Time For That?

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I was sitting at a stop sign, heading home from school one afternoon. The line was unusually long, and I had things to do. Thinking about everything I could be doing while I was wasting time sitting in the long string of vehicles, I noticed that the tiny left turning lane was empty. Hurriedly, I whipped into the lane, turned left, and was on my way, saving valuable time. As I was heading home on this alternate route, I realized that had I taken this way home every day, I would have saved myself lots of time. Why had I gone the same old way day after day? Especially when this way was shorter and quicker?

Don’t we do this as educators? We bemoan the minutes every day that are taken from our teaching time. With long lines of RtI, Title I, recess, specials, Learning Resources, assemblies waiting for us each day, we feel the frustration of precious minutes slipping through our fingers, while we are held increasingly accountable for the achievement of our students. When presented with new ideas, challenges, or curriculum, we strongly resist adding any more time to anything else. But maybe we are going along the same educational route every day, not realizing we are wasting time ourselves. Could we do away with “housekeeping” items that replace learning activities? Instead of a thirty-minute “mini”lesson, could we accomplish the same thing with 15 mintues? Could we model a small piece of writing, instead of an entire essay? Could we send home reading passages for students to read and annotate, so that our lesson the next day include discussion and learning activites based on those readings?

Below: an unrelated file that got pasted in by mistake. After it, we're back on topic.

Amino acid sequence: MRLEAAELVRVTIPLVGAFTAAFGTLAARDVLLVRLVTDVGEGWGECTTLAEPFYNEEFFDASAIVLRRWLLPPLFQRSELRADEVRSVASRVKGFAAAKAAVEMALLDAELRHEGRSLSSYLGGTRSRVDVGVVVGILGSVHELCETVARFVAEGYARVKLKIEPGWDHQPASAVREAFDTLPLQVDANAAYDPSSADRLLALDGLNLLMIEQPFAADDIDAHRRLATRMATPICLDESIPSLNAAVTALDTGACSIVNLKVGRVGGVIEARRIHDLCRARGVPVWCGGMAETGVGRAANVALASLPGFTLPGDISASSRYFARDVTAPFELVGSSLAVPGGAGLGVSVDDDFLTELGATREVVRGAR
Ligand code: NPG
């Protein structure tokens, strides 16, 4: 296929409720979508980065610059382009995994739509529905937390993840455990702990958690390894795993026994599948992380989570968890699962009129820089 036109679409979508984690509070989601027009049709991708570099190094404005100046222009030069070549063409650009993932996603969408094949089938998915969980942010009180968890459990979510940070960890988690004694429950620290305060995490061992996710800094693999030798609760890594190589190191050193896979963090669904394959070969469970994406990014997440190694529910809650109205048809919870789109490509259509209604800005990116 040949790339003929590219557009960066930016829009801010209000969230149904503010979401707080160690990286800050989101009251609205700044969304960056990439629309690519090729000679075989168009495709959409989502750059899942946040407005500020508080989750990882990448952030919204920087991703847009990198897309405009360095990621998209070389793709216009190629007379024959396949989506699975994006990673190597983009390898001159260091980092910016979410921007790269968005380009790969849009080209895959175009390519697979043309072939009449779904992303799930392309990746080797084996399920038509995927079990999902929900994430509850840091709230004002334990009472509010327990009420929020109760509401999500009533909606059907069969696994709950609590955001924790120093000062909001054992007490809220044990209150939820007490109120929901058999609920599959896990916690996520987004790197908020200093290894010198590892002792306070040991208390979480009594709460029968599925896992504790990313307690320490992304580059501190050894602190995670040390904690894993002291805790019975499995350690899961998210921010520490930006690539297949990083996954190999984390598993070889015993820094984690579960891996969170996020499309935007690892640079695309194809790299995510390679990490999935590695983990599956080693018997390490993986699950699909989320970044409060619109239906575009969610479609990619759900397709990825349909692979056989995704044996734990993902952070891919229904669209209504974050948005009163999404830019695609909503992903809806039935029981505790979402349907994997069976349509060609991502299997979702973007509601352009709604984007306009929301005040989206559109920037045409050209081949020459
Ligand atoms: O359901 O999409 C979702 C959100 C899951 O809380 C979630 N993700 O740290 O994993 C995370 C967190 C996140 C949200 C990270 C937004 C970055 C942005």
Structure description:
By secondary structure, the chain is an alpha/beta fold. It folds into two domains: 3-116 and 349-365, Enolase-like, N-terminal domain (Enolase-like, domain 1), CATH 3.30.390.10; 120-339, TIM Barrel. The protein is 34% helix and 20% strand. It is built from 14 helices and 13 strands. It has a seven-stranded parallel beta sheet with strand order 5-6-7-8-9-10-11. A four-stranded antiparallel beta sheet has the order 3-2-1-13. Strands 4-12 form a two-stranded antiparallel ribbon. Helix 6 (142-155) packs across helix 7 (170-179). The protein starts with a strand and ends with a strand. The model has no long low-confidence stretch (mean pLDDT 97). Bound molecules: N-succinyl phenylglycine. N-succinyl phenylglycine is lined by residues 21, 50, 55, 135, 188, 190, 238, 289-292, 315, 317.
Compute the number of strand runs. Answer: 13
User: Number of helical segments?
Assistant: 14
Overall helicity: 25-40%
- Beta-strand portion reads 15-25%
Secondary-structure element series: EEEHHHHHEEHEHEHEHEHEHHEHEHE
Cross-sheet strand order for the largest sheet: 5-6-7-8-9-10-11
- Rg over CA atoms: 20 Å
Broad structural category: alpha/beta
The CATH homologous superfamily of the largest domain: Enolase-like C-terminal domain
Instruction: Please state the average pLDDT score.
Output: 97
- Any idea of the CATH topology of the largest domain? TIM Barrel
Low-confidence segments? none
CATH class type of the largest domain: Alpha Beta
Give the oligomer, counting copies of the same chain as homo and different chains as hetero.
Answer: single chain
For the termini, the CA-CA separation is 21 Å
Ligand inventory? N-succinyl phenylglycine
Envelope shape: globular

Reflection is an important step in becoming a better educator. As we reflect on the lesson we teach, we might also think about how we can save time and include more important aspects of a lesson, while wasting less time through the habit of going the same route every day.

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